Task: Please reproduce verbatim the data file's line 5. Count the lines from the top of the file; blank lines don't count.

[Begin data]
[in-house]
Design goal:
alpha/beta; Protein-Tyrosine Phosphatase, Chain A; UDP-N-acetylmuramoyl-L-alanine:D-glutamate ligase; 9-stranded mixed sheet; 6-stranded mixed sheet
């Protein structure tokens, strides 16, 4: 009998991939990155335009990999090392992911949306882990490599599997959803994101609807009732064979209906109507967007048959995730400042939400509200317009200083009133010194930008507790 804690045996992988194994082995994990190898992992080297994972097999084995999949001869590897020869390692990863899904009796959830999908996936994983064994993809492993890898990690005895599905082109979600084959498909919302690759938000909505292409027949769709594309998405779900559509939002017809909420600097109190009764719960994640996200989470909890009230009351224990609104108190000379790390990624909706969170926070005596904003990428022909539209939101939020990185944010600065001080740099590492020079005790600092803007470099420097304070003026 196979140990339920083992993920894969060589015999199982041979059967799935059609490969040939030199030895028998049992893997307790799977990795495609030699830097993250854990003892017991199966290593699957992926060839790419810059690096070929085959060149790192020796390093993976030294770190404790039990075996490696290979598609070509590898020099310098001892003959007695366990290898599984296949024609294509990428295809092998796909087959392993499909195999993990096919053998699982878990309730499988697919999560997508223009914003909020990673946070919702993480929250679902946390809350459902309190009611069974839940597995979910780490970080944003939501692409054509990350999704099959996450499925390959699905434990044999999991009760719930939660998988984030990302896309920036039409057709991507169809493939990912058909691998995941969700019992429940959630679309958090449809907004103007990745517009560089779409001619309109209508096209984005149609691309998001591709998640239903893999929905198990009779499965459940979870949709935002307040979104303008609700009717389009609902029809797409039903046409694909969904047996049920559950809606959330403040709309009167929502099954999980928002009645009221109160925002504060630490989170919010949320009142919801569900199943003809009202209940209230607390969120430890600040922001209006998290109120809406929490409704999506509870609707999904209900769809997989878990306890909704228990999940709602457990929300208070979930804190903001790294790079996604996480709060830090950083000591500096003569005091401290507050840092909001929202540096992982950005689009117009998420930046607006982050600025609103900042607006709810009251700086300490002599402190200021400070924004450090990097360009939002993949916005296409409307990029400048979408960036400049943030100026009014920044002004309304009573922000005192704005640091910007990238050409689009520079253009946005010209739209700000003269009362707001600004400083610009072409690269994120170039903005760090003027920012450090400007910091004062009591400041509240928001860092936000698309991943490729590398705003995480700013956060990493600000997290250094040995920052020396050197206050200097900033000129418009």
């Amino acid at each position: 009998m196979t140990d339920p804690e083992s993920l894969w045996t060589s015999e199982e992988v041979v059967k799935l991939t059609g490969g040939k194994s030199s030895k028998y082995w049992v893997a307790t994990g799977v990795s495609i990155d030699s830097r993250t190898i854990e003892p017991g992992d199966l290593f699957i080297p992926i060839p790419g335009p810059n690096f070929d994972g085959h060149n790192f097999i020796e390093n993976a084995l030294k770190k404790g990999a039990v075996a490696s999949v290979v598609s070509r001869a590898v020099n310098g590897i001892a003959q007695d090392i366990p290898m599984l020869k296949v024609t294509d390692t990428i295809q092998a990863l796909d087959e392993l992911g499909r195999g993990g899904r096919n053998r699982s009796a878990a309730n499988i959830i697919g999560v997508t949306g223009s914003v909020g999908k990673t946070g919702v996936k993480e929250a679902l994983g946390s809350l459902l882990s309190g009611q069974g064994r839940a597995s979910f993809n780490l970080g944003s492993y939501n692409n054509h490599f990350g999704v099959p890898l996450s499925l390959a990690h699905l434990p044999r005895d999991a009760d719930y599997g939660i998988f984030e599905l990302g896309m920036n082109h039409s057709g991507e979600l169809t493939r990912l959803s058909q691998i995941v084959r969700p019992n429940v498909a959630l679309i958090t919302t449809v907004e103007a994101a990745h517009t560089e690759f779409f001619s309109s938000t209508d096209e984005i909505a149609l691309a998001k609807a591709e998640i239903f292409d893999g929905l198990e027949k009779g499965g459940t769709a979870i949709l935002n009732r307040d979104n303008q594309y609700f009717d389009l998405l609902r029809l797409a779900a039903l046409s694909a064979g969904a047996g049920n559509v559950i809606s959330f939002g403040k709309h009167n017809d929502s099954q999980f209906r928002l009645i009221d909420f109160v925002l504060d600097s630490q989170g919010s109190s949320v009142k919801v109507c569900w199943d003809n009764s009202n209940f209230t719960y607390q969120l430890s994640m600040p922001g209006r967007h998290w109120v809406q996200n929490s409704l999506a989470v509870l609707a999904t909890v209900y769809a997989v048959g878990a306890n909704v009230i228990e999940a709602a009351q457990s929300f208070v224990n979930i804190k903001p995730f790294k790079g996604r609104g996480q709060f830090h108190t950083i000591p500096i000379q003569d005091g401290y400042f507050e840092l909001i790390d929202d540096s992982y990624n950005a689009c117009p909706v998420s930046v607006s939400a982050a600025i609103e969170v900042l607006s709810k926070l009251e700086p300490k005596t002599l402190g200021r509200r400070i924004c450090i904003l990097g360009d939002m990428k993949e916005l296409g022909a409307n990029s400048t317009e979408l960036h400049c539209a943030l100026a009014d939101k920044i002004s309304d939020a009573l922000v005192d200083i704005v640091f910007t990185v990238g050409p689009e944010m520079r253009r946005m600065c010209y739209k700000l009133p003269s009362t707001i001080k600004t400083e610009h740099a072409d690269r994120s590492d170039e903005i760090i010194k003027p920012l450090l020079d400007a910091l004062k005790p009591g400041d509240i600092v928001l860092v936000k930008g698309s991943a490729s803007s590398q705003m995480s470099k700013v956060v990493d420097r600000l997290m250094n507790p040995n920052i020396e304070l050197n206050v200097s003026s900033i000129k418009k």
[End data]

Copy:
């Amino acid at each position: 009998m196979t140990d339920p804690e083992s993920l894969w045996t060589s015999e199982e992988v041979v059967k799935l991939t059609g490969g040939k194994s030199s030895k028998y082995w049992v893997a307790t994990g799977v990795s495609i990155d030699s830097r993250t190898i854990e003892p017991g992992d199966l290593f699957i080297p992926i060839p790419g335009p810059n690096f070929d994972g085959h060149n790192f097999i020796e390093n993976a084995l030294k770190k404790g990999a039990v075996a490696s999949v290979v598609s070509r001869a590898v020099n310098g590897i001892a003959q007695d090392i366990p290898m599984l020869k296949v024609t294509d390692t990428i295809q092998a990863l796909d087959e392993l992911g499909r195999g993990g899904r096919n053998r699982s009796a878990a309730n499988i959830i697919g999560v997508t949306g223009s914003v909020g999908k990673t946070g919702v996936k993480e929250a679902l994983g946390s809350l459902l882990s309190g009611q069974g064994r839940a597995s979910f993809n780490l970080g944003s492993y939501n692409n054509h490599f990350g999704v099959p890898l996450s499925l390959a990690h699905l434990p044999r005895d999991a009760d719930y599997g939660i998988f984030e599905l990302g896309m920036n082109h039409s057709g991507e979600l169809t493939r990912l959803s058909q691998i995941v084959r969700p019992n429940v498909a959630l679309i958090t919302t449809v907004e103007a994101a990745h517009t560089e690759f779409f001619s309109s938000t209508d096209e984005i909505a149609l691309a998001k609807a591709e998640i239903f292409d893999g929905l198990e027949k009779g499965g459940t769709a979870i949709l935002n009732r307040d979104n303008q594309y609700f009717d389009l998405l609902r029809l797409a779900a039903l046409s694909a064979g969904a047996g049920n559509v559950i809606s959330f939002g403040k709309h009167n017809d929502s099954q999980f209906r928002l009645i009221d909420f109160v925002l504060d600097s630490q989170g919010s109190s949320v009142k919801v109507c569900w199943d003809n009764s009202n209940f209230t719960y607390q969120l430890s994640m600040p922001g209006r967007h998290w109120v809406q996200n929490s409704l999506a989470v509870l609707a999904t909890v209900y769809a997989v048959g878990a306890n909704v009230i228990e999940a709602a009351q457990s929300f208070v224990n979930i804190k903001p995730f790294k790079g996604r609104g996480q709060f830090h108190t950083i000591p500096i000379q003569d005091g401290y400042f507050e840092l909001i790390d929202d540096s992982y990624n950005a689009c117009p909706v998420s930046v607006s939400a982050a600025i609103e969170v900042l607006s709810k926070l009251e700086p300490k005596t002599l402190g200021r509200r400070i924004c450090i904003l990097g360009d939002m990428k993949e916005l296409g022909a409307n990029s400048t317009e979408l960036h400049c539209a943030l100026a009014d939101k920044i002004s309304d939020a009573l922000v005192d200083i704005v640091f910007t990185v990238g050409p689009e944010m520079r253009r946005m600065c010209y739209k700000l009133p003269s009362t707001i001080k600004t400083e610009h740099a072409d690269r994120s590492d170039e903005i760090i010194k003027p920012l450090l020079d400007a910091l004062k005790p009591g400041d509240i600092v928001l860092v936000k930008g698309s991943a490729s803007s590398q705003m995480s470099k700013v956060v990493d420097r600000l997290m250094n507790p040995n920052i020396e304070l050197n206050v200097s003026s900033i000129k418009k």